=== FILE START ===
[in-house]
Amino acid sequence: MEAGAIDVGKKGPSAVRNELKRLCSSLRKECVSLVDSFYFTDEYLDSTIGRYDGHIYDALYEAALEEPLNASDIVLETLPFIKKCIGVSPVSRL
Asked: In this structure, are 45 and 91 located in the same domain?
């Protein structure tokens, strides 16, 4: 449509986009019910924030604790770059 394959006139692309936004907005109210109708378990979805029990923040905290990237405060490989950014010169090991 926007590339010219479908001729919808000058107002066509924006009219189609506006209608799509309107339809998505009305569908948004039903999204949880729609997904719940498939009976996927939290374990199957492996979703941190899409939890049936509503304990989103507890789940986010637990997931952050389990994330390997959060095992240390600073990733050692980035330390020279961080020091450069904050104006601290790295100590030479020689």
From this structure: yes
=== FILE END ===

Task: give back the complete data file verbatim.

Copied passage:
[in-house]
Amino acid sequence: MEAGAIDVGKKGPSAVRNELKRLCSSLRKECVSLVDSFYFTDEYLDSTIGRYDGHIYDALYEAALEEPLNASDIVLETLPFIKKCIGVSPVSRL
Asked: In this structure, are 45 and 91 located in the same domain?
């Protein structure tokens, strides 16, 4: 449509986009019910924030604790770059 394959006139692309936004907005109210109708378990979805029990923040905290990237405060490989950014010169090991 926007590339010219479908001729919808000058107002066509924006009219189609506006209608799509309107339809998505009305569908948004039903999204949880729609997904719940498939009976996927939290374990199957492996979703941190899409939890049936509503304990989103507890789940986010637990997931952050389990994330390997959060095992240390600073990733050692980035330390020279961080020091450069904050104006601290790295100590030479020689």
From this structure: yes